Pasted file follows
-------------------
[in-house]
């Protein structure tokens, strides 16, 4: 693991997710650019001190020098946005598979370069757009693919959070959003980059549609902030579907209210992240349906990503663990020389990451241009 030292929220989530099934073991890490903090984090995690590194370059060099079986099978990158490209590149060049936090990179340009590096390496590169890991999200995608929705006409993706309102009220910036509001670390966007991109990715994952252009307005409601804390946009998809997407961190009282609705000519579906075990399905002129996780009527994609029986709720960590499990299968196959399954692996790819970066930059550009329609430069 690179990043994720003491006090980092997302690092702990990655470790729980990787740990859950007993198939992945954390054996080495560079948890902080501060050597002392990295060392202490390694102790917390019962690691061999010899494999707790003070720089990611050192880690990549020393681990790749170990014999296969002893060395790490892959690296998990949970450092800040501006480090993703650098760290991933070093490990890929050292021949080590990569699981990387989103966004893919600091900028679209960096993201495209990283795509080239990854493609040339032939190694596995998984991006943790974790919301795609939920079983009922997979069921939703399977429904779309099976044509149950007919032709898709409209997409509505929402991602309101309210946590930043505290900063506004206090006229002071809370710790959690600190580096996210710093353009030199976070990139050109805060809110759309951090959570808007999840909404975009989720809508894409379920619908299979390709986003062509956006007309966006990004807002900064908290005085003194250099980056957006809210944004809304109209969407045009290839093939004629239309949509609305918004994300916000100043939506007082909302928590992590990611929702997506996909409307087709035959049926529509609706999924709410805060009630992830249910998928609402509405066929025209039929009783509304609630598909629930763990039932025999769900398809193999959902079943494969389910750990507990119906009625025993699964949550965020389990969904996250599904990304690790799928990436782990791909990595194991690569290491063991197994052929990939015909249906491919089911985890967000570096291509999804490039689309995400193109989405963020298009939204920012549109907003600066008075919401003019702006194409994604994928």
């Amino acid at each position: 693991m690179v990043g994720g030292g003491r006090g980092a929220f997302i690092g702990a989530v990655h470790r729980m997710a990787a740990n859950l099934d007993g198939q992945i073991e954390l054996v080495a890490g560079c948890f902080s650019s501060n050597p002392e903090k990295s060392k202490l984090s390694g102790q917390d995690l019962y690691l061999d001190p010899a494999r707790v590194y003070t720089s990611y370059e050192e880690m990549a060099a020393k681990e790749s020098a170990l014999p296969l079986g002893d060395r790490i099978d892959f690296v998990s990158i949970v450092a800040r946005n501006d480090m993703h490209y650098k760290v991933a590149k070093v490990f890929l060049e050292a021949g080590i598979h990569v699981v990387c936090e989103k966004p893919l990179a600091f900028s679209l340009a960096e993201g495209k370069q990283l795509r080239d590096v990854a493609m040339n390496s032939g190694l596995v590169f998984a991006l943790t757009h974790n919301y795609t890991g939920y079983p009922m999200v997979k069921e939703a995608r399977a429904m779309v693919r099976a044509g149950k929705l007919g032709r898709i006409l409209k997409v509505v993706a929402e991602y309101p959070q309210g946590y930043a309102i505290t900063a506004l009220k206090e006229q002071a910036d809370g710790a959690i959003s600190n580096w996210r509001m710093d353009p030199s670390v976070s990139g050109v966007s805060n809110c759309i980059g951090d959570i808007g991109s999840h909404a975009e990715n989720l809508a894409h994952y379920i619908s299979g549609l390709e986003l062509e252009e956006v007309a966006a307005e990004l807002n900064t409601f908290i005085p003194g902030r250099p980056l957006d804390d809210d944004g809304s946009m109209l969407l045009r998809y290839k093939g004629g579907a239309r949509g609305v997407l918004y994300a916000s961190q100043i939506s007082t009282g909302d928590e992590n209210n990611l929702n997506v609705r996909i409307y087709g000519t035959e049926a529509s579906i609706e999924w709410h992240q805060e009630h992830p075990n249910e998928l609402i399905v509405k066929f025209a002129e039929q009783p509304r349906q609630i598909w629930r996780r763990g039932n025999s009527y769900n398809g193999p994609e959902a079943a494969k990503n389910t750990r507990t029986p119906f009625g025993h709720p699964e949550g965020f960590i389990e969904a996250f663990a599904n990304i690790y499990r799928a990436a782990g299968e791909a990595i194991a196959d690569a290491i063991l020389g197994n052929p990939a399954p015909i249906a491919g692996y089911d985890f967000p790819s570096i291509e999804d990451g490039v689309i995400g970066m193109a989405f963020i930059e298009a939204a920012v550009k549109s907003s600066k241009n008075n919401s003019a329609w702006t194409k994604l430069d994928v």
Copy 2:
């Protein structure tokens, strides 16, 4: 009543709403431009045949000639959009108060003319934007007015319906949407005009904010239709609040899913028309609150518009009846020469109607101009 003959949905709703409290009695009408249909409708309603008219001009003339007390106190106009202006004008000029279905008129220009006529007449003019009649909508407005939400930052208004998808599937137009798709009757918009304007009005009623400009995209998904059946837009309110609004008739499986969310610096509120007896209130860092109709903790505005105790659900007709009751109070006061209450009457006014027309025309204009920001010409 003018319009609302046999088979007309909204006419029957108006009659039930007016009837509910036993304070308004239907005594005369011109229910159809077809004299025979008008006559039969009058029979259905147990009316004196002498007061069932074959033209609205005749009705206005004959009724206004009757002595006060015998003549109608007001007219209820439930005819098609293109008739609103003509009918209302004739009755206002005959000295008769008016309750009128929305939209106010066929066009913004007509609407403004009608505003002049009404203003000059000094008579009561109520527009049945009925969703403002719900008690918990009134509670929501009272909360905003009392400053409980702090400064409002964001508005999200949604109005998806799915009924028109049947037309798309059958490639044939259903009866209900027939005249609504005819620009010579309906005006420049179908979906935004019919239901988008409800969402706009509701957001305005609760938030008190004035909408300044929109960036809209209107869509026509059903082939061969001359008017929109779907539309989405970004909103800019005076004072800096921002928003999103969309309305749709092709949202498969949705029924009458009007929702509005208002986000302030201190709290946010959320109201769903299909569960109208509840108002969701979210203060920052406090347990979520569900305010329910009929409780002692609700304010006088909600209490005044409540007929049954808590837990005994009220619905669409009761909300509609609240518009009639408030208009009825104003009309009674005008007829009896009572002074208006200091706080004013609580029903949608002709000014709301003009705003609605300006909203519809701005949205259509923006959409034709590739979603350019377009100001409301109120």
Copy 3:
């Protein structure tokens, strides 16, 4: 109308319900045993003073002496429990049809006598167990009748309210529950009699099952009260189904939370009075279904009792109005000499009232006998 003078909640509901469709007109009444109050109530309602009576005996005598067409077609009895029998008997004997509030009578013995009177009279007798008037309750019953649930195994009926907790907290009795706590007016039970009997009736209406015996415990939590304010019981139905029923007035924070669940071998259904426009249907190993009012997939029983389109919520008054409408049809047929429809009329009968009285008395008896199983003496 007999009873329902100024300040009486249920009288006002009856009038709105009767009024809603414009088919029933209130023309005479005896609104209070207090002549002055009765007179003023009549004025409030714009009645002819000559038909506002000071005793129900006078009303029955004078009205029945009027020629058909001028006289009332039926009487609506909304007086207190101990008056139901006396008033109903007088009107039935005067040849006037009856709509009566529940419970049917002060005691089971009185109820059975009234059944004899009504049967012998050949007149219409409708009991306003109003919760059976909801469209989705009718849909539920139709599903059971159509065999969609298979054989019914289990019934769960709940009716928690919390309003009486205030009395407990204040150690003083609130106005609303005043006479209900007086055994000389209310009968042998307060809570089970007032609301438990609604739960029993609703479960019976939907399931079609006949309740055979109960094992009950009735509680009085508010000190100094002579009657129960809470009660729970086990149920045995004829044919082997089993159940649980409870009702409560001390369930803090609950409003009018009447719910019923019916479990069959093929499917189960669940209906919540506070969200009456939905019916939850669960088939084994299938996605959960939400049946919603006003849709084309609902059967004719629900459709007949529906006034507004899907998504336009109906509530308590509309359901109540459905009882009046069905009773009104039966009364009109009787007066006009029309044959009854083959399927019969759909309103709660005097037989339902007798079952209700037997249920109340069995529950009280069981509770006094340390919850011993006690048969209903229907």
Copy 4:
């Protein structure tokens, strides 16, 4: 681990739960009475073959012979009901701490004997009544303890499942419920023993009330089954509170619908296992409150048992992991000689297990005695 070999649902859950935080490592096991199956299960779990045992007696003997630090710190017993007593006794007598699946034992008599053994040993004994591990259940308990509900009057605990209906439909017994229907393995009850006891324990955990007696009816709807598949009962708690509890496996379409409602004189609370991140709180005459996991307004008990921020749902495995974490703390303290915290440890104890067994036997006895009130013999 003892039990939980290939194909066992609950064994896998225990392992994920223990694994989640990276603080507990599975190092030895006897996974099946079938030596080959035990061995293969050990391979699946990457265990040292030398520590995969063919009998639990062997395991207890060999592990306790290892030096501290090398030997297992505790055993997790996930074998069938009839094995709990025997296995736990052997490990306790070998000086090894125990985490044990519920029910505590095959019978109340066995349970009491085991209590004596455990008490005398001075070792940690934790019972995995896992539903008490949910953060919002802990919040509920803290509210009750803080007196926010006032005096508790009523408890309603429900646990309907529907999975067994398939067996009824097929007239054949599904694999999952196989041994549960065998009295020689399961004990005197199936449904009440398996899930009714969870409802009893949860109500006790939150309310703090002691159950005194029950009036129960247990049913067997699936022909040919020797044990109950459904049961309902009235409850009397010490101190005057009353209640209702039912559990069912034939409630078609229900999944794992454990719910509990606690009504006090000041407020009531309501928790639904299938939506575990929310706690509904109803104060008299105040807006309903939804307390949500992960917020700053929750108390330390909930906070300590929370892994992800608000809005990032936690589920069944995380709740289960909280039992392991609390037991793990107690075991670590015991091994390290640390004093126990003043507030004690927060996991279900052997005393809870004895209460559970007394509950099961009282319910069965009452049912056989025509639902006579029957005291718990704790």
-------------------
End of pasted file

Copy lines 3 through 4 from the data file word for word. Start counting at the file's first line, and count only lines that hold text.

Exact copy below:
């Amino acid at each position: 693991m690179v990043g994720g030292g003491r006090g980092a929220f997302i690092g702990a989530v990655h470790r729980m997710a990787a740990n859950l099934d007993g198939q992945i073991e954390l054996v080495a890490g560079c948890f902080s650019s501060n050597p002392e903090k990295s060392k202490l984090s390694g102790q917390d995690l019962y690691l061999d001190p010899a494999r707790v590194y003070t720089s990611y370059e050192e880690m990549a060099a020393k681990e790749s020098a170990l014999p296969l079986g002893d060395r790490i099978d892959f690296v998990s990158i949970v450092a800040r946005n501006d480090m993703h490209y650098k760290v991933a590149k070093v490990f890929l060049e050292a021949g080590i598979h990569v699981v990387c936090e989103k966004p893919l990179a600091f900028s679209l340009a960096e993201g495209k370069q990283l795509r080239d590096v990854a493609m040339n390496s032939g190694l596995v590169f998984a991006l943790t757009h974790n919301y795609t890991g939920y079983p009922m999200v997979k069921e939703a995608r399977a429904m779309v693919r099976a044509g149950k929705l007919g032709r898709i006409l409209k997409v509505v993706a929402e991602y309101p959070q309210g946590y930043a309102i505290t900063a506004l009220k206090e006229q002071a910036d809370g710790a959690i959003s600190n580096w996210r509001m710093d353009p030199s670390v976070s990139g050109v966007s805060n809110c759309i980059g951090d959570i808007g991109s999840h909404a975009e990715n989720l809508a894409h994952y379920i619908s299979g549609l390709e986003l062509e252009e956006v007309a966006a307005e990004l807002n900064t409601f908290i005085p003194g902030r250099p980056l957006d804390d809210d944004g809304s946009m109209l969407l045009r998809y290839k093939g004629g579907a239309r949509g609305v997407l918004y994300a916000s961190q100043i939506s007082t009282g909302d928590e992590n209210n990611l929702n997506v609705r996909i409307y087709g000519t035959e049926a529509s579906i609706e999924w709410h992240q805060e009630h992830p075990n249910e998928l609402i399905v509405k066929f025209a002129e039929q009783p509304r349906q609630i598909w629930r996780r763990g039932n025999s009527y769900n398809g193999p994609e959902a079943a494969k990503n389910t750990r507990t029986p119906f009625g025993h709720p699964e949550g965020f960590i389990e969904a996250f663990a599904n990304i690790y499990r799928a990436a782990g299968e791909a990595i194991a196959d690569a290491i063991l020389g197994n052929p990939a399954p015909i249906a491919g692996y089911d985890f967000p790819s570096i291509e999804d990451g490039v689309i995400g970066m193109a989405f963020i930059e298009a939204a920012v550009k549109s907003s600066k241009n008075n919401s003019a329609w702006t194409k994604l430069d994928v």
Copy 2: